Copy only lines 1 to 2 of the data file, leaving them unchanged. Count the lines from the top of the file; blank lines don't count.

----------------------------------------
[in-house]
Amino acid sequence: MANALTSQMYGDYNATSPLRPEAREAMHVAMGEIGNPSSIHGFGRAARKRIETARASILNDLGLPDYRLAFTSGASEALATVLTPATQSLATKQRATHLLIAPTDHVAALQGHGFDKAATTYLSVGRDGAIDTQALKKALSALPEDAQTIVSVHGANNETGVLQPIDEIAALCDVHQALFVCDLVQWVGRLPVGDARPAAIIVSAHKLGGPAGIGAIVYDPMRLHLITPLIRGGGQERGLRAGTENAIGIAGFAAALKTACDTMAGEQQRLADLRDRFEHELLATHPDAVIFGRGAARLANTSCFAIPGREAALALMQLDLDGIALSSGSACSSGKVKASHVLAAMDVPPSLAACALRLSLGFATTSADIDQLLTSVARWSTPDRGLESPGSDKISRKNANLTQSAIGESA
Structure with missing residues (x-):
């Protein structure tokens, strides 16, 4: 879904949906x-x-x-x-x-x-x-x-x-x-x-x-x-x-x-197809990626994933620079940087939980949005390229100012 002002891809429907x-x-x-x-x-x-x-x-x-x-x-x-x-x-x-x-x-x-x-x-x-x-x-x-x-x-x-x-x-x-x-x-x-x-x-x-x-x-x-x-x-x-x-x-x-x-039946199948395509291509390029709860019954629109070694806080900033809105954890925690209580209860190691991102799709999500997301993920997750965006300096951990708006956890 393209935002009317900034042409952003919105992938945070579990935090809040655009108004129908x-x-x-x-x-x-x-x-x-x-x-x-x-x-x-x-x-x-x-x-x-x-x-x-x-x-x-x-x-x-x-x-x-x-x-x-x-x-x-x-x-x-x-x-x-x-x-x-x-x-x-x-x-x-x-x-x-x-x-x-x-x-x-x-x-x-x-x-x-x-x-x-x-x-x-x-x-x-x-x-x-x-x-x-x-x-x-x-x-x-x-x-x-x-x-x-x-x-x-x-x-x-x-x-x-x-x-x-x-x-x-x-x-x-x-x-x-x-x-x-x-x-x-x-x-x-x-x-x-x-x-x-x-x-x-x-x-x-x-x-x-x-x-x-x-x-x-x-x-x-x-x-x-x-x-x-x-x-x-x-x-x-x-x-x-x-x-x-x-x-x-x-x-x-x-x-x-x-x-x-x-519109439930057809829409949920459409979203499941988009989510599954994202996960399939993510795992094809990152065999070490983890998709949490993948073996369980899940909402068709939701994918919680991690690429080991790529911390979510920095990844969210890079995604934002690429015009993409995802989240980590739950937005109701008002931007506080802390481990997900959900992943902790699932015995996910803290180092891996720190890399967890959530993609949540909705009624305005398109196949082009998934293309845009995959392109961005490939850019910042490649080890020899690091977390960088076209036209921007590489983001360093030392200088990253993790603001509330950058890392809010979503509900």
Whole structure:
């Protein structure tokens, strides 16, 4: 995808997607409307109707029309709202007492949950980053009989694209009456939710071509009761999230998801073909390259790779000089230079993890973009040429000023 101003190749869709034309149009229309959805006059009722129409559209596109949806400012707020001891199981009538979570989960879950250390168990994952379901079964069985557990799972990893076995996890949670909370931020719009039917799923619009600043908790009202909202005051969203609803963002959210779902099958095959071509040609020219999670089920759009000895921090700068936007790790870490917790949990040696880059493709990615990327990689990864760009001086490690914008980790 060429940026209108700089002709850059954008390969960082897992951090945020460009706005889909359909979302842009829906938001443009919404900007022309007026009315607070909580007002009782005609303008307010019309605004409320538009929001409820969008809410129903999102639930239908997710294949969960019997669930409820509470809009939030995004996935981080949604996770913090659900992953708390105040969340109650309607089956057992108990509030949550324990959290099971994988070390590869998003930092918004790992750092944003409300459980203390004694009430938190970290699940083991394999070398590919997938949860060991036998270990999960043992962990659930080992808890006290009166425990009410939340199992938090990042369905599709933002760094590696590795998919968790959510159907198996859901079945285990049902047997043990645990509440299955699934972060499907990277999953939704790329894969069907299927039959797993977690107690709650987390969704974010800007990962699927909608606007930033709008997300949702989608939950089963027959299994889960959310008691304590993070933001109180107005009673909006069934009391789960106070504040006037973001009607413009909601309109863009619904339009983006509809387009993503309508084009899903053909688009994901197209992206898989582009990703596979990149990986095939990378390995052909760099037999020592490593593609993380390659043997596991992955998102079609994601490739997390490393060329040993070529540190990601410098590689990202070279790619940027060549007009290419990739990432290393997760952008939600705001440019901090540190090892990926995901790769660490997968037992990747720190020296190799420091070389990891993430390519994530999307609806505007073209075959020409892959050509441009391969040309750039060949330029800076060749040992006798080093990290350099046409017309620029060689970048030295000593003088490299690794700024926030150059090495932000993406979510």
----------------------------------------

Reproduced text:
[in-house]
Amino acid sequence: MANALTSQMYGDYNATSPLRPEAREAMHVAMGEIGNPSSIHGFGRAARKRIETARASILNDLGLPDYRLAFTSGASEALATVLTPATQSLATKQRATHLLIAPTDHVAALQGHGFDKAATTYLSVGRDGAIDTQALKKALSALPEDAQTIVSVHGANNETGVLQPIDEIAALCDVHQALFVCDLVQWVGRLPVGDARPAAIIVSAHKLGGPAGIGAIVYDPMRLHLITPLIRGGGQERGLRAGTENAIGIAGFAAALKTACDTMAGEQQRLADLRDRFEHELLATHPDAVIFGRGAARLANTSCFAIPGREAALALMQLDLDGIALSSGSACSSGKVKASHVLAAMDVPPSLAACALRLSLGFATTSADIDQLLTSVARWSTPDRGLESPGSDKISRKNANLTQSAIGESA